Our transpacific cruise on Royal Caribbean‘s Explorer of the Seas made its first port stop in Honolulu. The cruise ship docked near the Aloha Tower a couple miles from the tourist area of Waikiki. They did have shuttles to the touristy part of town available. There was somebody offering van tours of the island that would last 6 or 7 hours and cost $50. That and the shuttles was all that we saw right off the ship for anyone who had not set up something to do in advance either through the ship or on their own. We didn’t have any plans for this port, but didn’t want to go to town. If the island tour was 3 or 4 hours long we might have tried it, but neither of us wanted to sit in a van for most of 6-7 hours so we passed on that and figured we’d just walk around a bit and look for a good vantage point to take some photos of the ship.
When we reached the main road we had a choice of turning right towards Waikiki or left towards the Aloha Tower. Left looked more promising for ship views so that’s the way we went. About halfway to the Aloha Tower we found a small park with a great view of the ship.
We stopped there to take some photos and a tall sailing ship approached, sailing past our cruise ship. As it came closer we noticed the masts were full of people standing along the beams that hold the sails. The ship passed us and continued over to a waiting crowd on a nearby dock by the Aloha Tower, broadcasting music in Spanish as it went by.
The ship looked a lot like one I had seen previously in Seattle. If it was the same Mexican Navy ship I thought we might be able to tour it, as they had tours available when it was docked in Seattle. It was already there then so we had no way of knowing how long it would take before they would open it up for tours if indeed it was the same ship and they planned to do so in Honolulu. The Aloha Tower wasn’t far and we had nothing better to do so we headed on over there.
We passed a maritime museum on the way there. It looked like something that might have been interesting to see had it been open. It had derelict ships tied to docks on either side of it and a closed sign on the door. As in permanently closed rather than just not open at that particular time.
Info on the internet said the Aloha Tower was a major shopping mall, but it turned out that portions of it are part of the University of Hawaii and there’s not a lot of shops there. Maybe there used to be. Portions of the building were empty with for lease signs on them so it has the potential for more shops in the future. When we were there it just had a few bars and restaurants, a convenience store and a store for the school.
A small crowd of people greeted the arriving ship with song and dance. About half an hour or so after the sailing ship docked they had the gangway out to welcome visitors aboard. It was indeed the Cuauhtémoc, the very same ship I had seen once before in Seattle. Touring the ship is free if you happen to be somewhere where it docks. People are allowed to wander around some of the decks on their own. This time they offered to assign a guide to take people around who wish to see a bit more. Some of them speak English, but not all. In Seattle we had only been allowed to wander the top decks so it was nice to see a bit of the inside as well.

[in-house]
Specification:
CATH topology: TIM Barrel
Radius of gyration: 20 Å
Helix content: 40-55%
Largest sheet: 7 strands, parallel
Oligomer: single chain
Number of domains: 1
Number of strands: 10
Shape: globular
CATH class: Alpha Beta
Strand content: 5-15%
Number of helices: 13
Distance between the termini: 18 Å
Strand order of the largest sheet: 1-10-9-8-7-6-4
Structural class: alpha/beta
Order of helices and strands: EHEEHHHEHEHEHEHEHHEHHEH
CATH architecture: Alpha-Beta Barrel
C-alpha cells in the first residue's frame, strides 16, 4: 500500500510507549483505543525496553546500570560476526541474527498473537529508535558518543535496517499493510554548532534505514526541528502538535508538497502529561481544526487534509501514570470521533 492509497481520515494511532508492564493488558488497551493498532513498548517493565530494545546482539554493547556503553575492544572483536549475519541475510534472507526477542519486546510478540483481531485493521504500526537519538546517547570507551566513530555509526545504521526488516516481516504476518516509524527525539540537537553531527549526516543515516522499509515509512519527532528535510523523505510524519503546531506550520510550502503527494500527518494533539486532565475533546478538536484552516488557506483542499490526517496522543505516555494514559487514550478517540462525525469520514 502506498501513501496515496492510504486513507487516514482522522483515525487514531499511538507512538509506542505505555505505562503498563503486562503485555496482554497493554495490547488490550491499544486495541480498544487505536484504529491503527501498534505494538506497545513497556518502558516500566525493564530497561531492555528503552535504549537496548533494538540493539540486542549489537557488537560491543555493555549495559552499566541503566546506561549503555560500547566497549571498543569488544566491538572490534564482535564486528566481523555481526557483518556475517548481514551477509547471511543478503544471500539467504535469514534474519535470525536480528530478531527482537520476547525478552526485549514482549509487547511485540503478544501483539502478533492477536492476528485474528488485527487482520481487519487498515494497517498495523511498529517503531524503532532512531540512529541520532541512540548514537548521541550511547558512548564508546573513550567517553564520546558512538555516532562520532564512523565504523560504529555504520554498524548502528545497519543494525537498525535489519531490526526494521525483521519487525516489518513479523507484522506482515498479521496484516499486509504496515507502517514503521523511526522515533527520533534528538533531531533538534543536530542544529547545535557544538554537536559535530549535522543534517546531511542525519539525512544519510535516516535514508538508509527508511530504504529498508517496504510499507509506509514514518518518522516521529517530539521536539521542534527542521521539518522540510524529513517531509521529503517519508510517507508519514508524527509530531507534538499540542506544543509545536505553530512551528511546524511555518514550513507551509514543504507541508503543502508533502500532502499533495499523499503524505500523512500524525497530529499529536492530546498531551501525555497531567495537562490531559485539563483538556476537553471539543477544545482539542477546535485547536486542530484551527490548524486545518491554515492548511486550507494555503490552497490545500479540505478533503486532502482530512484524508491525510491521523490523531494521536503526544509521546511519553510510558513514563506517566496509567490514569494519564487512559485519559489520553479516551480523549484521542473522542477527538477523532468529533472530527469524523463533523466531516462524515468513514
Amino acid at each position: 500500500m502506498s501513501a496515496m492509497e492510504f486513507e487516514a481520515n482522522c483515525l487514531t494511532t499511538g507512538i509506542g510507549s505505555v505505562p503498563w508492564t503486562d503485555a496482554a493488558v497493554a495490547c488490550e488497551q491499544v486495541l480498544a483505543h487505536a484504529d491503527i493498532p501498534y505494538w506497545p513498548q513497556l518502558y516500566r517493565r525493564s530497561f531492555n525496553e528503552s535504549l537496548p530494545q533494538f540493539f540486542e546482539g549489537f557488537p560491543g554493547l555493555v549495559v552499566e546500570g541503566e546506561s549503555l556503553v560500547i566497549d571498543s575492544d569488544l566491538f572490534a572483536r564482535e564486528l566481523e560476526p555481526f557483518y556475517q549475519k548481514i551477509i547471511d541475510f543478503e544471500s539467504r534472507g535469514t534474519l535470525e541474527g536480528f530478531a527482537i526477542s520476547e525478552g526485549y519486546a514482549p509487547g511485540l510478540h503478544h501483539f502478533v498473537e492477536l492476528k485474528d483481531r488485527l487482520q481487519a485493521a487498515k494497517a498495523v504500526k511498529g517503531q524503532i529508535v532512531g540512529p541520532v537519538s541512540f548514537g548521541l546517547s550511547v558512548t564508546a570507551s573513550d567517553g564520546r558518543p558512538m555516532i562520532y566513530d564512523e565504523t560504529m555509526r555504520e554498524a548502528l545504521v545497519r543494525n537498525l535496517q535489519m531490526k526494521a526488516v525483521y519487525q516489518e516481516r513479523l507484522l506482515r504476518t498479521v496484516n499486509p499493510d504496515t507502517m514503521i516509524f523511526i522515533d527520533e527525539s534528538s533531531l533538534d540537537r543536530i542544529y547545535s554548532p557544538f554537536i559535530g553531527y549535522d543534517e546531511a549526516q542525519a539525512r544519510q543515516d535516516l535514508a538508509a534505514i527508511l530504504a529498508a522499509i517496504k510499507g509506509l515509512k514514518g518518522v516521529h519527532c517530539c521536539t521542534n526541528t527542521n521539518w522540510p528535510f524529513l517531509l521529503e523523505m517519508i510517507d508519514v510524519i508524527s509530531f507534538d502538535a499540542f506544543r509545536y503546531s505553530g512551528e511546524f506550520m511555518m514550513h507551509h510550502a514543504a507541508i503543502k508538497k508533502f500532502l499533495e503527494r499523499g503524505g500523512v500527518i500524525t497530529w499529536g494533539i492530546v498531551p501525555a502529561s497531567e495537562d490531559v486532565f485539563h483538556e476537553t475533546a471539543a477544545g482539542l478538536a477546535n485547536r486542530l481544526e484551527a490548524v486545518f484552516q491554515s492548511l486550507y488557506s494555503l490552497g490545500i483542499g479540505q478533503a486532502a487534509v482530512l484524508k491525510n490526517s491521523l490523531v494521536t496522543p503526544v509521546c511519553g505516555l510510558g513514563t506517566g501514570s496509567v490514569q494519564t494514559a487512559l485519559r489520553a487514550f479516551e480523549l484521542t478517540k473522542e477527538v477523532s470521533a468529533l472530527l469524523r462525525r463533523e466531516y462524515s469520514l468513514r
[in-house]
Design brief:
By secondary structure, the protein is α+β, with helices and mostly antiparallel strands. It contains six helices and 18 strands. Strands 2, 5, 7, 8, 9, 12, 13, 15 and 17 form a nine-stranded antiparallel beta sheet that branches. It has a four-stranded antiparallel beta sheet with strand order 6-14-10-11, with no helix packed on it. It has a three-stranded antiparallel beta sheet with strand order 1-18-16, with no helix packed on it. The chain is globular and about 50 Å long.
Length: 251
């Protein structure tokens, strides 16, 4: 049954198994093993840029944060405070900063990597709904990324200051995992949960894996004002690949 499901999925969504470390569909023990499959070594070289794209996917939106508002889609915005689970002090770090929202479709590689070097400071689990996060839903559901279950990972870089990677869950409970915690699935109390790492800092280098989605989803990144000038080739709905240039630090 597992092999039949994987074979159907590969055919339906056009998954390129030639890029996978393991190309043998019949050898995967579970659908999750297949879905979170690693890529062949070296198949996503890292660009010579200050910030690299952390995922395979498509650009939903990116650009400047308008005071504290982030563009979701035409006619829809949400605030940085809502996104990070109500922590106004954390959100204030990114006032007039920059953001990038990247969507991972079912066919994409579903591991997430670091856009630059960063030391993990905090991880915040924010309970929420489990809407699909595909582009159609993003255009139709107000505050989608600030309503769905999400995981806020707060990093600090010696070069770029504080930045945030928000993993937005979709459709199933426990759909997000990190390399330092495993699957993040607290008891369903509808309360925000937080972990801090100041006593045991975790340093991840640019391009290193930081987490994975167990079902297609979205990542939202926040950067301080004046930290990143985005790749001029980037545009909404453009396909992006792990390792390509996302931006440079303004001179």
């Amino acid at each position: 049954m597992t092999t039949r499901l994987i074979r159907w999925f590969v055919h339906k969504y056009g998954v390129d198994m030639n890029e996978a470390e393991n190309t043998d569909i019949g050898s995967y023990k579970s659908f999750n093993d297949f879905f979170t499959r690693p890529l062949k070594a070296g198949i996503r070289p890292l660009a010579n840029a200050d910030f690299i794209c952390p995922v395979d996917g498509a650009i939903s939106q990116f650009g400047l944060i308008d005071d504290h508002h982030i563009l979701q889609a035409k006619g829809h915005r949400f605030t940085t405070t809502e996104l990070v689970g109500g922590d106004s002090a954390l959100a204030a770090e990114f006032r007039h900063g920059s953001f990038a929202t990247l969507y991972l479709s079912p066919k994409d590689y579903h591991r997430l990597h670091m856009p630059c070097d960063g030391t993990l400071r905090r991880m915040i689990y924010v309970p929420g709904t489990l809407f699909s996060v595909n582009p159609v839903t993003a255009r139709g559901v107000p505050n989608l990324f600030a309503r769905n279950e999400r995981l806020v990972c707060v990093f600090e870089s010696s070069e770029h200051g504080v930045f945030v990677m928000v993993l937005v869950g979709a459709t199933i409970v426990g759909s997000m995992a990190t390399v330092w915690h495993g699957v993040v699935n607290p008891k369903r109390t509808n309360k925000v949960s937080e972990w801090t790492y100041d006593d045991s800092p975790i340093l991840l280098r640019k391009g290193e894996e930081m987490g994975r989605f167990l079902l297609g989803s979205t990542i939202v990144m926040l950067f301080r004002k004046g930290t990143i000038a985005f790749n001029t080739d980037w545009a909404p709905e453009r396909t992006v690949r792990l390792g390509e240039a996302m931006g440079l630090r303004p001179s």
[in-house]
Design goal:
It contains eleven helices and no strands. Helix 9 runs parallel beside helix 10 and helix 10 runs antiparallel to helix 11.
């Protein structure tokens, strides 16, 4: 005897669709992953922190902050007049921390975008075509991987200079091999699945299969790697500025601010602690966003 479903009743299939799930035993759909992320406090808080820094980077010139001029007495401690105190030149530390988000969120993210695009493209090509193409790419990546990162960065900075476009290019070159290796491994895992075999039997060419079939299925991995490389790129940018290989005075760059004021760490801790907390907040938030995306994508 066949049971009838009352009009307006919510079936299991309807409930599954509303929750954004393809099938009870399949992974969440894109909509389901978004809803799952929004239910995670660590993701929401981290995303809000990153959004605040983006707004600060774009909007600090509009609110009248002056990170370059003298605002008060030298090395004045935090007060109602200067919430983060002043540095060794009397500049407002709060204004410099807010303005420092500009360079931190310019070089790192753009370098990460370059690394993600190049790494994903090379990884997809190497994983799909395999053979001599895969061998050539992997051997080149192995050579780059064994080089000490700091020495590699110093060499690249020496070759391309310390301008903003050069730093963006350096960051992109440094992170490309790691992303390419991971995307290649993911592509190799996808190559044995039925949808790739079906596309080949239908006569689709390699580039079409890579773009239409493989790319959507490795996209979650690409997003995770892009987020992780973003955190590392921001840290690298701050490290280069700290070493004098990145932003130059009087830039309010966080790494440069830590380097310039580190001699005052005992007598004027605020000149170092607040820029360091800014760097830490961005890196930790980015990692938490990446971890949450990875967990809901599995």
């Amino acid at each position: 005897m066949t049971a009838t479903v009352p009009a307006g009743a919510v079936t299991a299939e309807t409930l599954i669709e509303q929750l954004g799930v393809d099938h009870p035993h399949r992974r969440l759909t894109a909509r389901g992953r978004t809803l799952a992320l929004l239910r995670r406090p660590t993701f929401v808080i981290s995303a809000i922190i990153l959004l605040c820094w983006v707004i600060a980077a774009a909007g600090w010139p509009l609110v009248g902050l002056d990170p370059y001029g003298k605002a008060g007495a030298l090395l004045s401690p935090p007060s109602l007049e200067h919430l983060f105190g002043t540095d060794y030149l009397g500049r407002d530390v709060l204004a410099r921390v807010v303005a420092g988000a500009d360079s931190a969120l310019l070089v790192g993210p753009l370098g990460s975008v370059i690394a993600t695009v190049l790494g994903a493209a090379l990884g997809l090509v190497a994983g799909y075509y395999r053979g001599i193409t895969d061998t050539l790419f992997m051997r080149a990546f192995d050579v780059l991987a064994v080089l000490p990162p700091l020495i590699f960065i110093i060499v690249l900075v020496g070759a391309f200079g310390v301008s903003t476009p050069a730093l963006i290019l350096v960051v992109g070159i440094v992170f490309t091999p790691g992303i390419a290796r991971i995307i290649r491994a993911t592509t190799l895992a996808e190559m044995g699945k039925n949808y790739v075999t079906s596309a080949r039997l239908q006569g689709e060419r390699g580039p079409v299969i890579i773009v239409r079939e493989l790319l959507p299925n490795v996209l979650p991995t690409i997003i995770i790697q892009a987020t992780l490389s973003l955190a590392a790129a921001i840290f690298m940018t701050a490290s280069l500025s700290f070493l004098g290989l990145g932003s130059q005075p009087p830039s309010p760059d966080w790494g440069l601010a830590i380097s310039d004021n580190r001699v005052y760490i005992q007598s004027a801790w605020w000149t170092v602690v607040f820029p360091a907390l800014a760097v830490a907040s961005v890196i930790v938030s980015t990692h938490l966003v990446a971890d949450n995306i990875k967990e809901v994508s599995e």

Our guide was a young girl who is a cadet in training for the Mexican navy. The ship is used for training. New sailors like her learn as they sail around the world, getting sailing experience as well as classroom learning. The ship has 2 classrooms off the cadets’ mess hall.
We also met someone from the US Navy onboard. Besides its Mexican crew and students he said the ship also had representatives from a number of other countries, mostly from north and south America. He was a fairly recent naval academy graduate from Texas on his first assignment. Before this stop the ship had been at sea 32 days sailing from Japan. Coming into port it was under engine power along with a tugboat, but out to sea they use the sails most of the time saving the engines for times when there is no wind or the need to escape from a hurricane (too much wind.)
It’s a beautiful ship and kept up so well it looks new. There’s a plaque where you first come on board that shows the god of wind blowing the ship from Spain where it was built to Mexico. The wind god is also on the ship’s masthead. This was its second to last stop for this particular journey, which lasted over 200 days and visited many countries.
Things to do in Honolulu
Besides taking the shuttle to town to go shopping or go to the beach, the ship did offer a number of excursions for people who booked them in advance. They had several island tours to choose from, a luau, hop on hop off bus, some cultural tours, and transportation to Pearl Harbor where people could go to the visitor’s center on their own, or for a higher price visit the USS Missouri as well. They also offered a helicopter tour and a hiking tour at Diamond Head Crater. Our ship did not have any snorkel excursions this port stop, but on a land stay in Waikiki once we went snorkeling at Diamond Head.
Copyright My Cruise Stories 2018